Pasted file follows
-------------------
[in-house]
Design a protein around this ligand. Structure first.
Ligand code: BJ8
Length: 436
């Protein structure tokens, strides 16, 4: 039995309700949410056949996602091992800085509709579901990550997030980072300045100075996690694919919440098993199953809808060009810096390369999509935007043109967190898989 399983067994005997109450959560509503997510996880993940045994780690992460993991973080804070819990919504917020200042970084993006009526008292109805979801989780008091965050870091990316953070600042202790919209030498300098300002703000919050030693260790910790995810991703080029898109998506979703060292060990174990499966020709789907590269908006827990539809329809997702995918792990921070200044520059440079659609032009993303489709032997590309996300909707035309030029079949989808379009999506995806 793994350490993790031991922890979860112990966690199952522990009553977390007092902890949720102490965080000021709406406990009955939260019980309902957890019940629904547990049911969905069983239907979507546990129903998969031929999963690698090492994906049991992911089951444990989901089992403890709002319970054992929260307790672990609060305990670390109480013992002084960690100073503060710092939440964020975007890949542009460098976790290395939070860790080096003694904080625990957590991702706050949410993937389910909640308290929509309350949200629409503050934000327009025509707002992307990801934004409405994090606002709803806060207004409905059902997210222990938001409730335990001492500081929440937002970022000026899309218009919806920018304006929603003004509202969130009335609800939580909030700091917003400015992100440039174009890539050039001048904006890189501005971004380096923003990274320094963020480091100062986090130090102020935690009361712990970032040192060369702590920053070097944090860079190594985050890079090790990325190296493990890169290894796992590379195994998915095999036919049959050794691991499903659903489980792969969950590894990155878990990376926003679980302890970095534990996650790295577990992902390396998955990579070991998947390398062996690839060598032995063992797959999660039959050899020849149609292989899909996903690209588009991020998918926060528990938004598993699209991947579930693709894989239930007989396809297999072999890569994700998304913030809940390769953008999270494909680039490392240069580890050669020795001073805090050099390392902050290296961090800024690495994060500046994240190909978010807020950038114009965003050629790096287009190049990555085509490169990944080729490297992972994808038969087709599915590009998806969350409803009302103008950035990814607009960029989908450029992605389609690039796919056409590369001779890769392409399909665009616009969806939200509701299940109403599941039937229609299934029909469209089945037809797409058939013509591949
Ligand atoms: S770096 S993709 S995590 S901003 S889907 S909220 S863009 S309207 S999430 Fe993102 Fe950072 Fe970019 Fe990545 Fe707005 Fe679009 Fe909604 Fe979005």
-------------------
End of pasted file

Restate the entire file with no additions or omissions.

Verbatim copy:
[in-house]
Design a protein around this ligand. Structure first.
Ligand code: BJ8
Length: 436
């Protein structure tokens, strides 16, 4: 039995309700949410056949996602091992800085509709579901990550997030980072300045100075996690694919919440098993199953809808060009810096390369999509935007043109967190898989 399983067994005997109450959560509503997510996880993940045994780690992460993991973080804070819990919504917020200042970084993006009526008292109805979801989780008091965050870091990316953070600042202790919209030498300098300002703000919050030693260790910790995810991703080029898109998506979703060292060990174990499966020709789907590269908006827990539809329809997702995918792990921070200044520059440079659609032009993303489709032997590309996300909707035309030029079949989808379009999506995806 793994350490993790031991922890979860112990966690199952522990009553977390007092902890949720102490965080000021709406406990009955939260019980309902957890019940629904547990049911969905069983239907979507546990129903998969031929999963690698090492994906049991992911089951444990989901089992403890709002319970054992929260307790672990609060305990670390109480013992002084960690100073503060710092939440964020975007890949542009460098976790290395939070860790080096003694904080625990957590991702706050949410993937389910909640308290929509309350949200629409503050934000327009025509707002992307990801934004409405994090606002709803806060207004409905059902997210222990938001409730335990001492500081929440937002970022000026899309218009919806920018304006929603003004509202969130009335609800939580909030700091917003400015992100440039174009890539050039001048904006890189501005971004380096923003990274320094963020480091100062986090130090102020935690009361712990970032040192060369702590920053070097944090860079190594985050890079090790990325190296493990890169290894796992590379195994998915095999036919049959050794691991499903659903489980792969969950590894990155878990990376926003679980302890970095534990996650790295577990992902390396998955990579070991998947390398062996690839060598032995063992797959999660039959050899020849149609292989899909996903690209588009991020998918926060528990938004598993699209991947579930693709894989239930007989396809297999072999890569994700998304913030809940390769953008999270494909680039490392240069580890050669020795001073805090050099390392902050290296961090800024690495994060500046994240190909978010807020950038114009965003050629790096287009190049990555085509490169990944080729490297992972994808038969087709599915590009998806969350409803009302103008950035990814607009960029989908450029992605389609690039796919056409590369001779890769392409399909665009616009969806939200509701299940109403599941039937229609299934029909469209089945037809797409058939013509591949
Ligand atoms: S770096 S993709 S995590 S901003 S889907 S909220 S863009 S309207 S999430 Fe993102 Fe950072 Fe970019 Fe990545 Fe707005 Fe679009 Fe909604 Fe979005």